Both of our great-grandparents, Alton B. Hastings and Laura A. Cushman, have family ties that date back to settling in America in the early 1600s.
Laura Cushman's family can be traced back Robert Cushman, who came to New England in 1621 on the ship Fortune, the second ship after the Mayflower to transport Pilgrims to America. (They weren't actually called Pilgrims until 200 years later.) But Robert Cushman's son, who also arrived on the Fortune, later married Mary Allerton around 1635. Mary Allerton herself had arrived on the Mayflower in 1620 as a four year old child and survived the first year in Plymouth when half of the other 102 passengers had died of disease over the winter. Through six more generations, Laura Cushman was the daughter of Job Cushman, who was born in 1833 and died in 1892. Laura Cushman Hastings had five children. One of them, Alice Hastings, married Clinton Porter, Jr. and the couple had four daughters, Mary, Jane, Louise, and Suzanne. With no sons to carry the Porter name beyond Clinton Porter, our entire family now holds on to the Porter name as a distant but valued connection to the early settling in America.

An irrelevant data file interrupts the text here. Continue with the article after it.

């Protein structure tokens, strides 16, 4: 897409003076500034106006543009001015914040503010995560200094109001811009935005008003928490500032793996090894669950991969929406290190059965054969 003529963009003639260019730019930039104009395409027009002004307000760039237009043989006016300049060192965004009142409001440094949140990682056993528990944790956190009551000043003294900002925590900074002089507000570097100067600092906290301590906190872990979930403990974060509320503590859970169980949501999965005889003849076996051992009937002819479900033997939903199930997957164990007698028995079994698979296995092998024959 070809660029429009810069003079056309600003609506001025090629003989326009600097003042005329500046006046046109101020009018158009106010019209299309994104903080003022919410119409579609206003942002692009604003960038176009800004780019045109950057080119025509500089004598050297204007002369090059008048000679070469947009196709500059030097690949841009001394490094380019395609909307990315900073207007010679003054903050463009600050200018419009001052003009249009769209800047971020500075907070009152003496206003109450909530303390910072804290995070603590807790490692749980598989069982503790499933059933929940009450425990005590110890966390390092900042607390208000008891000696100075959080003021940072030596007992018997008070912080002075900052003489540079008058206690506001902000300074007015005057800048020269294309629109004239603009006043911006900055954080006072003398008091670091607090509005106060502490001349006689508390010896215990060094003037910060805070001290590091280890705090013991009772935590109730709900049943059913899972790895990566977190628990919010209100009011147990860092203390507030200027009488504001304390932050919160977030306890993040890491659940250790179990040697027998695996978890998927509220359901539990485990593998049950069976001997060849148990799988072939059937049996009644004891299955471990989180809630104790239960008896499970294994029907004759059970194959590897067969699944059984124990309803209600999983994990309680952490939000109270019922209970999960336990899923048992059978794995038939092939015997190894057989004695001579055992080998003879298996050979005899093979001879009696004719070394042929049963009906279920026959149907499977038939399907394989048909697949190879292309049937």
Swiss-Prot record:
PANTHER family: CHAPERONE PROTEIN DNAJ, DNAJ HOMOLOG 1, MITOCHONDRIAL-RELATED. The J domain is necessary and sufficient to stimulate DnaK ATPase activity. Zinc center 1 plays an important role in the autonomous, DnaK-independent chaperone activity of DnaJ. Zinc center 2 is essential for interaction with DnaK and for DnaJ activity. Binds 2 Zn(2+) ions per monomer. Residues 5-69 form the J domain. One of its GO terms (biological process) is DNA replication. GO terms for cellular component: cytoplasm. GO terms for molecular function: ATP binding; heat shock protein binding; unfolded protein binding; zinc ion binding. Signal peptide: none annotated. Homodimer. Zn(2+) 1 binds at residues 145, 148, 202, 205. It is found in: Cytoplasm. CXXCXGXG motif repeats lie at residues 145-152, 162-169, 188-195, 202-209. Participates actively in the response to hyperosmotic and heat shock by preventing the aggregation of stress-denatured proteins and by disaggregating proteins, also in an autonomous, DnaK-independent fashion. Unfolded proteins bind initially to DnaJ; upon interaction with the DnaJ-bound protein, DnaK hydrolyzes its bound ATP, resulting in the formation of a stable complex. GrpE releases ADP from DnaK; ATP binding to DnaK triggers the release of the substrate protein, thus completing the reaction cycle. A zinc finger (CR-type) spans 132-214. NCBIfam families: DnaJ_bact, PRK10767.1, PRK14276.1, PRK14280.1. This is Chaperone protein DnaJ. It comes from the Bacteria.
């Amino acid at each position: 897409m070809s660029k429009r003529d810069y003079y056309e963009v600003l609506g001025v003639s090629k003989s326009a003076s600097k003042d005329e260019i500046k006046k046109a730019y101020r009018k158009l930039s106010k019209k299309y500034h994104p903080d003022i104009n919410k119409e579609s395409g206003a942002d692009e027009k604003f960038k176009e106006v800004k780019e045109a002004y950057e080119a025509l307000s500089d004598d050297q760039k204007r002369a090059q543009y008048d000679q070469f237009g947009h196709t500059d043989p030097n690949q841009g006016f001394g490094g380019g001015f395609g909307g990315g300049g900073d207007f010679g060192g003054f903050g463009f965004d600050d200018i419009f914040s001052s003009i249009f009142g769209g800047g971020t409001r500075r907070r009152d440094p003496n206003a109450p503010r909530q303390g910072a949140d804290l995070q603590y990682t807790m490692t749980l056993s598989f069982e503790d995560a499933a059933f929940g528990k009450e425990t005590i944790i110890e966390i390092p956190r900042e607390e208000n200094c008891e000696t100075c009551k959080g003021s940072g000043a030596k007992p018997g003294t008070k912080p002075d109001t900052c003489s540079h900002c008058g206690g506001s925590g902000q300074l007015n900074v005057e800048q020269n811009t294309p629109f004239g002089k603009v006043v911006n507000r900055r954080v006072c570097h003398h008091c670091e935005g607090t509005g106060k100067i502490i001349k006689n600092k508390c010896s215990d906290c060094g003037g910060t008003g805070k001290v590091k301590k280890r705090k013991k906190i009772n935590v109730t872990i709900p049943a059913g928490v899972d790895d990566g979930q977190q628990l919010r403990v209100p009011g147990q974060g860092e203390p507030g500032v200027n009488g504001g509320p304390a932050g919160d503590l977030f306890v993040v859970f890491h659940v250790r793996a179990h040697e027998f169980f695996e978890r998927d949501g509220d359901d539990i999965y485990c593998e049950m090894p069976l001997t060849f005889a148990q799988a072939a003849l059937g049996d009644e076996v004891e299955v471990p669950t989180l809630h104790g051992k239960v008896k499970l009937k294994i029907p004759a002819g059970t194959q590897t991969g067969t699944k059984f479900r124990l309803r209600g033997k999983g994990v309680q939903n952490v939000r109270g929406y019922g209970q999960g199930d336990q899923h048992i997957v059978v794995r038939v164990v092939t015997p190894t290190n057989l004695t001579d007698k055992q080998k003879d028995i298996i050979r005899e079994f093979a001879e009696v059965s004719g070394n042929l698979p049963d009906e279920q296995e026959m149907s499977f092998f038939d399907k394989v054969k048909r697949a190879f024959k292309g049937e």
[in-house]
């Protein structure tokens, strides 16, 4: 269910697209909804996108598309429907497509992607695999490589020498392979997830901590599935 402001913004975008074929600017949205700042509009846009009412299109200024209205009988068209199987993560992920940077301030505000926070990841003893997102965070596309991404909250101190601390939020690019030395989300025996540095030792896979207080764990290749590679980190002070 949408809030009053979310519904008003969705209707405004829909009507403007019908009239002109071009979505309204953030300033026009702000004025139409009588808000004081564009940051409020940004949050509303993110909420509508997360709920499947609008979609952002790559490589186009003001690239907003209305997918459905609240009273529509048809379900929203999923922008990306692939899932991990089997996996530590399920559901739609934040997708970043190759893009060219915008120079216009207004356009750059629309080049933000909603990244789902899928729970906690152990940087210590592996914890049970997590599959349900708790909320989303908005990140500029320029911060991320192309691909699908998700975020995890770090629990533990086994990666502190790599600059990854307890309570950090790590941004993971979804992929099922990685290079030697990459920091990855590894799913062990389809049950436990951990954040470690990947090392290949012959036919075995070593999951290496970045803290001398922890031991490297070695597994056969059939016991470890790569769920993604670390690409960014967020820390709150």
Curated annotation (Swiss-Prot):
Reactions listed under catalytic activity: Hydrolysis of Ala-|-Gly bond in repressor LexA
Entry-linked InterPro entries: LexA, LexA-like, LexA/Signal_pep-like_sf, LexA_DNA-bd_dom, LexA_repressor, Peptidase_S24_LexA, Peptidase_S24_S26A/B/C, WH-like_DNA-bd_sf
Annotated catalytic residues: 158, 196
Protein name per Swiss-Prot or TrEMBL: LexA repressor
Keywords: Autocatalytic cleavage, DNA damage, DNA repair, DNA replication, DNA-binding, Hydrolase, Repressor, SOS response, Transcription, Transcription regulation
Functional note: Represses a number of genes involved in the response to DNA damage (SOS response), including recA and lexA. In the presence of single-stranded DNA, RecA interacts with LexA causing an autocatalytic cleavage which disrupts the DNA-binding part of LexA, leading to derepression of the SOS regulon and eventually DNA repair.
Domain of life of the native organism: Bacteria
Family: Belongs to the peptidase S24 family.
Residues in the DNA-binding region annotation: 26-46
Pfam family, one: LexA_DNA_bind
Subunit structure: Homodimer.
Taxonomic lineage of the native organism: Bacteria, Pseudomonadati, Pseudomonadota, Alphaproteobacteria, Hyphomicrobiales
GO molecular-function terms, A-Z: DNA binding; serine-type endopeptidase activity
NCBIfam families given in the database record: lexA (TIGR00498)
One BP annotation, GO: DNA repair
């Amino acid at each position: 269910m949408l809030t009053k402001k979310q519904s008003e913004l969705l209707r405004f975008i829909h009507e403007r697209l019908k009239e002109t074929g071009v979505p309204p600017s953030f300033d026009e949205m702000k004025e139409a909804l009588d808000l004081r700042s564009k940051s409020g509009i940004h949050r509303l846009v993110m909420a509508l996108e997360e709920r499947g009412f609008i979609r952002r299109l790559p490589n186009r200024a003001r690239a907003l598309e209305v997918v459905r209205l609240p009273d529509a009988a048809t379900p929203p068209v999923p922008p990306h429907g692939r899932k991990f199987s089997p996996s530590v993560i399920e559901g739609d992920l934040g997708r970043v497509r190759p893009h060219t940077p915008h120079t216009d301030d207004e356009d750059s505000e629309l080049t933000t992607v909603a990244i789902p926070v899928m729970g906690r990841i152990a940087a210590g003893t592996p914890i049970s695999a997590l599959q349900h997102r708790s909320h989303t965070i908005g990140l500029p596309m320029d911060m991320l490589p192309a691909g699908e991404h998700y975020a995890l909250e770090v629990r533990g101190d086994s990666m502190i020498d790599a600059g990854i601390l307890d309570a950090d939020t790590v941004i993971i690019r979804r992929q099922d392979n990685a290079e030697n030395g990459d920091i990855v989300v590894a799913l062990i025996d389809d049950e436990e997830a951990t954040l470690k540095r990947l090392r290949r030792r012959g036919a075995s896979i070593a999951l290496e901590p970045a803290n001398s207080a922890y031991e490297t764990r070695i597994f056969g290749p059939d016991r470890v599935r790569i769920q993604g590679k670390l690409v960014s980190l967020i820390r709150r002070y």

Alton Hastings is a descendant of John Hastings, who left England in 1634 on the ship Elizabeth and settled in Watertown, Massachusetts. Although the family had settled in Watertown Alton's grandfather moved to Thomaston, Maine, where Alton was born in 1857. He initially worked on several sailing vessels before entering the bakery business and eventually moving to Massachusetts. He had married Laura Cushman in Bath, Maine, in 1881 before moving to Brockton as owner of the A.B. Hastings and Son Bakery. Laura Cushman's family was also involved in the bakery industry, and some of us recall eating Cushman's products without realizing the connection to our great grandmother.